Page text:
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Blokhin has found Ukraine strategy to play Sweden

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Ukraine head coach Oleg Blokhin speaks to media prior to a training session at Dynamo stadium in Kiev, Ukraine, Thursday, June 7, 2012.

Ukraine head coach Oleg Blokhin speaks to media prior to a training session at Dynamo stadium in Kiev, Ukraine, Thursday, June 7, 2012.

Efrem Lukatsky, Associated Press

KIEV, Ukraine — Despite a shaky looking defense in recent friendlies, Ukraine coach Oleg Blokhin believes he has found the right strategy to play Sweden on Monday in the co-host's opening match at the European Championship.

Blokhin said Sunday he had already chosen his starting lineup, one day before Ukraine's first ever appearance at the competition.

He declined to give names, but indicated that only four players present during Ukraine's 1-0 loss to Sweden in August last year would start against the same opponent again.

"So you can't compare these matches even if Sweden won't have changed their style of play," Blokhin said.

Since his appointment 14 months ago, the former Soviet Union standout striker has been searching for a well-tuned team — a task which looked far from impossible with nine players in the 23-man Euro 2012 squad having played together all year at Dynamo Kiev.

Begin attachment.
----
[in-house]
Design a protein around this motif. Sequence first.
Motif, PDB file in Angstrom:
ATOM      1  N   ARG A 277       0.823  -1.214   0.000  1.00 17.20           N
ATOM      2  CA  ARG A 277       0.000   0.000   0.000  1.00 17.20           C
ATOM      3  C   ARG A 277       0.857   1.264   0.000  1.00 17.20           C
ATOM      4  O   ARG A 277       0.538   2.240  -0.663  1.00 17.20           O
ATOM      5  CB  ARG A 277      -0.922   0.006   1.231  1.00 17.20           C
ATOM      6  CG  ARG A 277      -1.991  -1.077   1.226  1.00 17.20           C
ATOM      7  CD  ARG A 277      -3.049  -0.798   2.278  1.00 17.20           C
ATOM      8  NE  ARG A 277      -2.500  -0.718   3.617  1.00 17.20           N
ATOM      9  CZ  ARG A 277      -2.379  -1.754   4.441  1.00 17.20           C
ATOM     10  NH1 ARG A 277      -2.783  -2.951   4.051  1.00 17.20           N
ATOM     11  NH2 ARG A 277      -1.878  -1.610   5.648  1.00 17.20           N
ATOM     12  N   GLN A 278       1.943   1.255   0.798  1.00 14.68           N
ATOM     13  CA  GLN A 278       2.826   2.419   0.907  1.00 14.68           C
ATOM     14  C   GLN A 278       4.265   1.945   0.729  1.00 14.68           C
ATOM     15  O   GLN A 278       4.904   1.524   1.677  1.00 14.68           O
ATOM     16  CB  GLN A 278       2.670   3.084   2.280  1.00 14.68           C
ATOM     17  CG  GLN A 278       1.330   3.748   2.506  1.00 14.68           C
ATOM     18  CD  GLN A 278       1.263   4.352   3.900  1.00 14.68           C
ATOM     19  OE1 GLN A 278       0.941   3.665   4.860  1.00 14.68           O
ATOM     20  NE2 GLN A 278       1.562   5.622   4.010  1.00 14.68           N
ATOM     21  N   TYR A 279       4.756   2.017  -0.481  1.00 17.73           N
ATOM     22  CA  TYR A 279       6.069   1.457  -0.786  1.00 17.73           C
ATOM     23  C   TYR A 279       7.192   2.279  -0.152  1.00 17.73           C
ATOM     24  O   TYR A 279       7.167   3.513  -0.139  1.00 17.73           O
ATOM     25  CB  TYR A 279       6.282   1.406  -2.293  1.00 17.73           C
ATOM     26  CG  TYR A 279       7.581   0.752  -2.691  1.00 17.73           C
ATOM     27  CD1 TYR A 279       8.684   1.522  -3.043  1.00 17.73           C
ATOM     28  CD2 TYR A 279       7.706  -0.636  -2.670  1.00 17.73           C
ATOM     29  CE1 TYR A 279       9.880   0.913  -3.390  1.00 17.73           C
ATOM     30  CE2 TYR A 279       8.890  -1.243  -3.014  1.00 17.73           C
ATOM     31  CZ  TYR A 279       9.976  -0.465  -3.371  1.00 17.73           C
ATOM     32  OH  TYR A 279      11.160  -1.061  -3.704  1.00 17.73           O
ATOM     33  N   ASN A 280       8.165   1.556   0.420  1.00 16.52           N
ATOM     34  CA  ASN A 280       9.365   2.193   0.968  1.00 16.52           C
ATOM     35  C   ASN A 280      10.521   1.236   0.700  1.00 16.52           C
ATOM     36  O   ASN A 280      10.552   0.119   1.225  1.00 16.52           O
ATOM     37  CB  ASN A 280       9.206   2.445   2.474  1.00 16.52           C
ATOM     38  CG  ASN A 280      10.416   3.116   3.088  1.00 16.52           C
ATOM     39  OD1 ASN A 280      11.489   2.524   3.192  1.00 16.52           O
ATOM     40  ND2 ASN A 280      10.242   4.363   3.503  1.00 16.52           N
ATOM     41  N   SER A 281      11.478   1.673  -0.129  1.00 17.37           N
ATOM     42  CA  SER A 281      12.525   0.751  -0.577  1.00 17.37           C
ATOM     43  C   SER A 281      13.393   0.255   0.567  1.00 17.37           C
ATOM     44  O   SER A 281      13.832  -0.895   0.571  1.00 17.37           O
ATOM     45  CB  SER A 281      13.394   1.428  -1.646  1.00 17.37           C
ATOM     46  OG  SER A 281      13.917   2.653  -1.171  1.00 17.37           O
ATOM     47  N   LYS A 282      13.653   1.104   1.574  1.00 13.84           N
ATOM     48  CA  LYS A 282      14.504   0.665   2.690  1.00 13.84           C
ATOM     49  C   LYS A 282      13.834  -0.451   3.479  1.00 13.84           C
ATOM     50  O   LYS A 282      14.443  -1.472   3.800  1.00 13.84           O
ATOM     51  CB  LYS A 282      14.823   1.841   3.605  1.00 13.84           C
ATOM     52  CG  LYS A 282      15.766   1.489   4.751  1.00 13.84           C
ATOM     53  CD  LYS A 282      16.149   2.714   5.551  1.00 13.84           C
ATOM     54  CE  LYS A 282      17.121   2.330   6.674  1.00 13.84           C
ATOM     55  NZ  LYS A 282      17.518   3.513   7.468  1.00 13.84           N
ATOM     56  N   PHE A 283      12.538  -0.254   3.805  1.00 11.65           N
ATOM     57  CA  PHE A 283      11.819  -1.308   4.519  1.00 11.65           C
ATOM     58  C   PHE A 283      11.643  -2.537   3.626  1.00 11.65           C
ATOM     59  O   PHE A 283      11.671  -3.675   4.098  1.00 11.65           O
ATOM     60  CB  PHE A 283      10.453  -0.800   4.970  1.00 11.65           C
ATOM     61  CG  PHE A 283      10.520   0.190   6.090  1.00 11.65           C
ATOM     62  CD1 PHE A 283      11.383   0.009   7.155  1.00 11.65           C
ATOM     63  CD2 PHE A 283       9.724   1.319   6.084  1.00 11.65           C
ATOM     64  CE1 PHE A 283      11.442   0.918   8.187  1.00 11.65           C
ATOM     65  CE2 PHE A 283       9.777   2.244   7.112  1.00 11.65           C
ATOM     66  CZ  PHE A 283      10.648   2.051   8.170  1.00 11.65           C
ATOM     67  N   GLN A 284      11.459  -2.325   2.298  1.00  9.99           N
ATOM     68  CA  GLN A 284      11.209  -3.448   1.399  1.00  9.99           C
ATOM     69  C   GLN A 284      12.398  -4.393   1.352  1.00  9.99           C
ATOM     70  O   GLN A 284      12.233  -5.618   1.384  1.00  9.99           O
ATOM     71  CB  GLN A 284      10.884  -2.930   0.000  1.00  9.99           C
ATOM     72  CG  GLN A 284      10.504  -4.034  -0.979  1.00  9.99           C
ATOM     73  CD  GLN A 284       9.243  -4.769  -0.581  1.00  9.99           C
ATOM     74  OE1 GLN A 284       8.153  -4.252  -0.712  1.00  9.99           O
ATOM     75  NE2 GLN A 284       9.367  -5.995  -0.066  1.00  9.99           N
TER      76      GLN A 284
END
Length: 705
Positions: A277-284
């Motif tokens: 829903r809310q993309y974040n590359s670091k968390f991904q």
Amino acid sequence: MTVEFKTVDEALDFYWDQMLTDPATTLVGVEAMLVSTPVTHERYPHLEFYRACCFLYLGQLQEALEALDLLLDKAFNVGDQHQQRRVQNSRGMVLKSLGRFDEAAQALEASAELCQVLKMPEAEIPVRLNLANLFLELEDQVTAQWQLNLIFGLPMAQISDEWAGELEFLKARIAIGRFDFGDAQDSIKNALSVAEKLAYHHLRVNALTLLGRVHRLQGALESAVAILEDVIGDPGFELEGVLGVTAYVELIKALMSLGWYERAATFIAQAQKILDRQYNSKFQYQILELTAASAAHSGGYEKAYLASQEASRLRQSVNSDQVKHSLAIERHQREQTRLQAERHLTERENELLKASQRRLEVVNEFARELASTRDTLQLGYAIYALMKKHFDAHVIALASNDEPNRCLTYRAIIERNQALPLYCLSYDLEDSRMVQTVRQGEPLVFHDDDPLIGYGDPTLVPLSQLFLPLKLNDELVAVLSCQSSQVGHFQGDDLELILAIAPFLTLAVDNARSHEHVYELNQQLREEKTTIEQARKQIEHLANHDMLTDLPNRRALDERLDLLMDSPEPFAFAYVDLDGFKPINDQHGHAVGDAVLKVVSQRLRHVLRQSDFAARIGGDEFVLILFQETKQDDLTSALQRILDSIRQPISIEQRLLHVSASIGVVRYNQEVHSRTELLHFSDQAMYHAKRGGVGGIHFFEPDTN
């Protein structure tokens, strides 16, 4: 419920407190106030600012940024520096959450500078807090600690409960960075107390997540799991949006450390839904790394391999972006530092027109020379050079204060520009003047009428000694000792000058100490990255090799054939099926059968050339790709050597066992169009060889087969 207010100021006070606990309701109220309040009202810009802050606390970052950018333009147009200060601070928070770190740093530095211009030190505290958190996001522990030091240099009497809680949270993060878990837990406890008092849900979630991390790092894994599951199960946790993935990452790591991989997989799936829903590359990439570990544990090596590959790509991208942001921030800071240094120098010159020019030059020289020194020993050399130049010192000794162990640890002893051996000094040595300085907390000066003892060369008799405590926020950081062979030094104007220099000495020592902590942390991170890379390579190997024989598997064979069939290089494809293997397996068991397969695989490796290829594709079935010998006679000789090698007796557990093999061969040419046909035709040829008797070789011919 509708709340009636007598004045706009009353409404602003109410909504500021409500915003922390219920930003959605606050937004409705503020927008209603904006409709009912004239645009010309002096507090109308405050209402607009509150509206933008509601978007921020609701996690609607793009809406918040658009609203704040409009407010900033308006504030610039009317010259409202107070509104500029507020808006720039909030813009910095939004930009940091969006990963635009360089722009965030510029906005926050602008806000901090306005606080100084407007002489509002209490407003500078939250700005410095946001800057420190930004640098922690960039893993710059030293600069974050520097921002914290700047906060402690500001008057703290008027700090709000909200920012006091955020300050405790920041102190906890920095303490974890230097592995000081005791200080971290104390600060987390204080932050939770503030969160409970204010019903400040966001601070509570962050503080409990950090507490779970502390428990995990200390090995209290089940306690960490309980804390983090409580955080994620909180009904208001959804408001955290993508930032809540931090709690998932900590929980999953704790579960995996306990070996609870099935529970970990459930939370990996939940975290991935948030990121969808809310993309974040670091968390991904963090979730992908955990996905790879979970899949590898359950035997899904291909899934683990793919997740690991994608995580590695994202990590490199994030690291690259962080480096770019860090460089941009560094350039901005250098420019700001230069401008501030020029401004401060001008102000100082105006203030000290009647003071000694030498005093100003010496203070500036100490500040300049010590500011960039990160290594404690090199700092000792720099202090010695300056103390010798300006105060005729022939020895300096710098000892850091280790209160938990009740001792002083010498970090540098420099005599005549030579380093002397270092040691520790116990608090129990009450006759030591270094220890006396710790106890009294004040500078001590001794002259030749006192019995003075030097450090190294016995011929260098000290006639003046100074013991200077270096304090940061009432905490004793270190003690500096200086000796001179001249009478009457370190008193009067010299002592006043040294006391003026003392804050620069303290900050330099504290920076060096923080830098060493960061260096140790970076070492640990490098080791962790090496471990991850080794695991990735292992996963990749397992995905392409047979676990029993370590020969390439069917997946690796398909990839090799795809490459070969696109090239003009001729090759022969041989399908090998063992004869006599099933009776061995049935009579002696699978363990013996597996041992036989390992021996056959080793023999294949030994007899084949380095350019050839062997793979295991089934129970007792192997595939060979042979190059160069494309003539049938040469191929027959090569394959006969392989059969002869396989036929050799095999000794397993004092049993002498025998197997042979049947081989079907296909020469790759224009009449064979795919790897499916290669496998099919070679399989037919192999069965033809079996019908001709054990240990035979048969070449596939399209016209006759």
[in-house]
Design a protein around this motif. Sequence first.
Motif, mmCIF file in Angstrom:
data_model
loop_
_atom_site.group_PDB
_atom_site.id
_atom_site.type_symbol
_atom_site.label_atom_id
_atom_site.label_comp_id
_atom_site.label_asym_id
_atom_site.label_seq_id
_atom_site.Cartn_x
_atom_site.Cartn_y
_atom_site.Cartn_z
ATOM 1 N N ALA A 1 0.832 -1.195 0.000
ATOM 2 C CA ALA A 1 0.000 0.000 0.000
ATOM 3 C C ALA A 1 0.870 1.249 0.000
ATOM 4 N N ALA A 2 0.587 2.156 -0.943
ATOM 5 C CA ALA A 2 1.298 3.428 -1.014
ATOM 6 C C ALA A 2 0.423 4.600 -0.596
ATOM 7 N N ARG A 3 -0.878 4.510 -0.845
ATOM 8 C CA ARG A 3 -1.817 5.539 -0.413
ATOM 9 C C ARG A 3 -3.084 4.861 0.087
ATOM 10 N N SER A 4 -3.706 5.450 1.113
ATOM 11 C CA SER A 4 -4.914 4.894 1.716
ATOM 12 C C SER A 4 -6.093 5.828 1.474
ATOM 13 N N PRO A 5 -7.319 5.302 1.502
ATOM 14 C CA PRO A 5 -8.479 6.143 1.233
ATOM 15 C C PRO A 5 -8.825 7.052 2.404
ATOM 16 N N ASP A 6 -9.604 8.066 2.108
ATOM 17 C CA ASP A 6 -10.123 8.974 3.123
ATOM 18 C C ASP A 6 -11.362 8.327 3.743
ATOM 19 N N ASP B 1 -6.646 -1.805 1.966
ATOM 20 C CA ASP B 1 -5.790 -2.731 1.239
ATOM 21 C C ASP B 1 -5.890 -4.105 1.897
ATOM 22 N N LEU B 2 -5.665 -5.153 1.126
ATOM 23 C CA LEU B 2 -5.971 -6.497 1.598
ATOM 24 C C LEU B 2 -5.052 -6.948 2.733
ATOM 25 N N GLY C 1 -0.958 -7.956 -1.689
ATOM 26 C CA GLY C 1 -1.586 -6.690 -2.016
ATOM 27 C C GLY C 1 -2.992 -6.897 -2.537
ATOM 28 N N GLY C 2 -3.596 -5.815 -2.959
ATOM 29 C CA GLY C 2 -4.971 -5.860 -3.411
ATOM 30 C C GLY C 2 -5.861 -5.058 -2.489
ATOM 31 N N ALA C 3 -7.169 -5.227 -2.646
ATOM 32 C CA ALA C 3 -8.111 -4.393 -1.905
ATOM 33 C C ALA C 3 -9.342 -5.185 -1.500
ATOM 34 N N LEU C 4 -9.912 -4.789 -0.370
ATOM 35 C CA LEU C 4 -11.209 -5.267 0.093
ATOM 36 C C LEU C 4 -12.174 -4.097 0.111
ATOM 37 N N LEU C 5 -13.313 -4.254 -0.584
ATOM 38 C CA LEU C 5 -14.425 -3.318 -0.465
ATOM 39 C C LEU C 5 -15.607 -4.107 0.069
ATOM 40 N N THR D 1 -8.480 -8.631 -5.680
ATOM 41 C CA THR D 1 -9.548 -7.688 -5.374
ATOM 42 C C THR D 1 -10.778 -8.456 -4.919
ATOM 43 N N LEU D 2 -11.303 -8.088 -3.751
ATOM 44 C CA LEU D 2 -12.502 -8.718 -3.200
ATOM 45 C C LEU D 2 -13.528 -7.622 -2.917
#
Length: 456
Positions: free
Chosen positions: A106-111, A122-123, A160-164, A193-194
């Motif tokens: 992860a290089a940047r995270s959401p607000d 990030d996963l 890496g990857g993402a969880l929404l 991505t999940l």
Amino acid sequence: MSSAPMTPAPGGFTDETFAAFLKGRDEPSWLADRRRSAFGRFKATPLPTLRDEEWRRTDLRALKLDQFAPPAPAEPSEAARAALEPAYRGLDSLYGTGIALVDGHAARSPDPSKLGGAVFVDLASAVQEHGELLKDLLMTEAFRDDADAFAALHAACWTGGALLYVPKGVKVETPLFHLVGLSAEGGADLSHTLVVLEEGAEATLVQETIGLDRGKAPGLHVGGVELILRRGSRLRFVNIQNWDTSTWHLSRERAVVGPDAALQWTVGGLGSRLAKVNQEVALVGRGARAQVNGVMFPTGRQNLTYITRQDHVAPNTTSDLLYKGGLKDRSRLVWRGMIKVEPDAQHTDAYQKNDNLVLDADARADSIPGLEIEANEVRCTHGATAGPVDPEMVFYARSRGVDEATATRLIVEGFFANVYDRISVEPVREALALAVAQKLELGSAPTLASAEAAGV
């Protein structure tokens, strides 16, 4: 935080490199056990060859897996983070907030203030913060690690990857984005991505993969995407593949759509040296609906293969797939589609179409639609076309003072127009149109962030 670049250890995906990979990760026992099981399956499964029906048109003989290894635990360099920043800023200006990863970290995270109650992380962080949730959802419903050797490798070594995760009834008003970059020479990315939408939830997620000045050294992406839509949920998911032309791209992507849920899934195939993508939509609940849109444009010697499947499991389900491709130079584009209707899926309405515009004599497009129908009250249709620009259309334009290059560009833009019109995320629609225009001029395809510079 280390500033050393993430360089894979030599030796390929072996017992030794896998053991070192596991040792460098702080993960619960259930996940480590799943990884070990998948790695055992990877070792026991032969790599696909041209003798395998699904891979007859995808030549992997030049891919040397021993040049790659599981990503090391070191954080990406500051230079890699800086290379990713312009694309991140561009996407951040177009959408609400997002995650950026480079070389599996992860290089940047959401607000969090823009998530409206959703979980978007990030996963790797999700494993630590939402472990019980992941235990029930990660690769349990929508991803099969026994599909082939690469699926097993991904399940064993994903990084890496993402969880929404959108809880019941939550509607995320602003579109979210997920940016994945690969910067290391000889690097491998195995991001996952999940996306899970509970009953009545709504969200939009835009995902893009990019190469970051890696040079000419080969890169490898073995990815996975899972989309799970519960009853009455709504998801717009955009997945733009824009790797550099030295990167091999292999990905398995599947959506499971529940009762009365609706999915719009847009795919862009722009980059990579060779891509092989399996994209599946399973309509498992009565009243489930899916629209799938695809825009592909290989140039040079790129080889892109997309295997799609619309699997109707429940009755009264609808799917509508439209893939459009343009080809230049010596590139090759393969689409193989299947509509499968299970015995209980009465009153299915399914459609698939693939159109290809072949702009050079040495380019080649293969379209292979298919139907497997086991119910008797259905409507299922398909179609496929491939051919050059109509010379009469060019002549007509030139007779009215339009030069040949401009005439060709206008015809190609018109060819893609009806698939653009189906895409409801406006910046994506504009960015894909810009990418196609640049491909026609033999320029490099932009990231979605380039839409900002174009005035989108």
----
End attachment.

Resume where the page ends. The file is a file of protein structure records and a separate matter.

He said veterans like Anatoliy Tymoshchuk and Andriy Shevchenko must guide the young talents.

"They should show the example," Blokhin said. "Our young players sometimes want to do more than they can ... And they are very hungry now. They don't want to wait anymore to start the tournament. I have to calm down my players."

Blokhin underlined his ongoing quest for a well-balanced team by using all 23 players in the last three warm-up games against Estonia, Austria and Turkey, with just Yevhen Konoplyanka and Marko Devic starting in all three matches.

Ukraine swept away Estonia 4-0, but was far less impressive against an injury-plagued Austria four days later, conceding three goals in a 3-2 defeat. Things worsened when Turkey outplayed Ukraine for a deserved 2-0 victory last week.

Some substitutions for the Turkey game were unplanned but unavoidable as 10 players got ill before the match after eating a bad salad at a German hotel, leaving some unable to play, according to Blokhin.

Ukraine's defensive worries are not new, Blokhin acknowledged in an interview with the online "Ukraine 2012" magazine.

"We have problems related to both the central defenders and fullbacks," Blokhin said, adding that these troubles "have lasted since 2006."

Blokhin said "our defenders do not even tackle properly ... They do not demonstrate the necessary level here."

Not the ideal prospect when playing an opponent that has star striker Zlatan Ibrahimovic up front.

"Ibrahimovic is a great player, one of the best in the world. He is in good shape," Tymoshchuk said. "But we are not going to concentrate on just Ibrahimovic. We look at Sweden as a team, not as individual players."

Blokhin fully agreed with the opinion of the defensive midfielder, arguably his key player in Monday's game.

"If someone thinks (Sweden) is only Ibrahimovic, he is wrong," Blokhin said. "They have (Johan) Elmander, (Kim) Kallstrom, good midfielders, experienced defenders. As a whole, it's a good team."

Veteran striker Shevchenko, who is playing his last tournament for the national team, said Ukraine won't focus on its defense too much.

"We have to score," said Shevchenko, Ukraine's all-time top scorer with 46 goals. "For our team, it is important to be balanced. There is no favorite in this game."